October 4, 2001
Director of Media Relations

AMHERST, Mass.—Ronald Tiersky, the Joseph B. Eastman ’04 Professor of Political Science at Amherst College, has edited Euro-Skepticism: A Reader ($75, $24.95 paper, Rowan & Littlefield, Lanham, MD, 2001), an anthology of contrary attitudes toward European integration.

Tiersky, who characterizes himself as a euro-realist, gathers arguments about the goals and methods of European integration from speeches, essays and other documents. Some appear here for the first time in English translation. The euro-skeptics, Tiersky writes, believe that “European Union is a mistake, indeed, that it is impossible.” Euro-pessimistic voices such as Stanley Hoffmann argue that after the 1960s, “Europe ‘beyond the nation-state’ had missed its moment.” The euro-phobic and euro-cynic, according to Tiersky, are “exotic extensions” of the euro-skeptic who believe a united Europe “cannot help but be anti-national, anti-democratic,” and a “conspiracy-without-a-center.”

Some of the viewpoints represented include the “Europe of the Nations” views of Charles de Gaulle and Margaret Thatcher, as well as the current French “sovereignists” such as Charles Pasqua and Jean-Pierre Chevènement, and more recent British arguments by Michael Portillo and Noel Malcolm. There are interviews with and analyses of far-right or “national-right” movements and their leaders—Jörg Haider and the Austrian Freedom party and Jean-Marie Le Pen and the French National Front. A Norwegian scholar, Kate Hansen Bundt, examines the case of Norway, the only country that has twice rejected EU membership. Historians argue that European integration overall is in some sense a great illusion or a misguided “division of the West.”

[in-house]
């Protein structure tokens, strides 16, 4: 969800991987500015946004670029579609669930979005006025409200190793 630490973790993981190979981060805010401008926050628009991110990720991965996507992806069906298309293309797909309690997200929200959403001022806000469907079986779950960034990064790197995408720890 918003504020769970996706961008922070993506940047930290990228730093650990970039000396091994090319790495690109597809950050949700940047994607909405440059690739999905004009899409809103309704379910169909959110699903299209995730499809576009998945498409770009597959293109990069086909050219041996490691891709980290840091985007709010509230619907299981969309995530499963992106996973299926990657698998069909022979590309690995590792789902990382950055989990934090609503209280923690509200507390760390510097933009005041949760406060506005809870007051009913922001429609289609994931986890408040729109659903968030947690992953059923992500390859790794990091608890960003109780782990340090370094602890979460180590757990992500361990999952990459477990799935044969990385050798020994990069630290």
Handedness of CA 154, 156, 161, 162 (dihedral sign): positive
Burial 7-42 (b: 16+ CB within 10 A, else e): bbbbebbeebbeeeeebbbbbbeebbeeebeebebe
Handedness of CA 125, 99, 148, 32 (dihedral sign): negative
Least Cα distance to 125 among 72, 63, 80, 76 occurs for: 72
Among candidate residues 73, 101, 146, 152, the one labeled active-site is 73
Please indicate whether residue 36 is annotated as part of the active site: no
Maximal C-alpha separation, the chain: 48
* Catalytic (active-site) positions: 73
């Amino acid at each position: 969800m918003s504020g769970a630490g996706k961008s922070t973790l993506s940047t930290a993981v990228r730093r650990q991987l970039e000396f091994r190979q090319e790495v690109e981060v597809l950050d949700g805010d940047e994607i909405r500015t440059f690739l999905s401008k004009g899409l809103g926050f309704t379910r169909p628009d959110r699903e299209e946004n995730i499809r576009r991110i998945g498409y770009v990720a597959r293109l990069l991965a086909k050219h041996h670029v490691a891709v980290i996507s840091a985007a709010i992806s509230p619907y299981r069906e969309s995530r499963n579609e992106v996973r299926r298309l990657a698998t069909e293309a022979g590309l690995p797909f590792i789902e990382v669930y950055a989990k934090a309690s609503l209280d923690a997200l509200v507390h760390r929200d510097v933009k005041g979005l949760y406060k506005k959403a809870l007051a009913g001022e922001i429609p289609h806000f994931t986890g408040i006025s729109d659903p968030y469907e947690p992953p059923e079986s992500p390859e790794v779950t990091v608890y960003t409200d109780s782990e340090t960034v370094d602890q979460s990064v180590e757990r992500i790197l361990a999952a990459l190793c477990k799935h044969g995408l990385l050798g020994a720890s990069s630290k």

Tiersky’s most recent book was François Mitterrand: The Last French President (2000), a multi-faceted study of the controversial French president (1981-1995). Tiersky is the editor of the “Europe Today” series (Rowan & Littlefield), in which Euro-skepticism is published.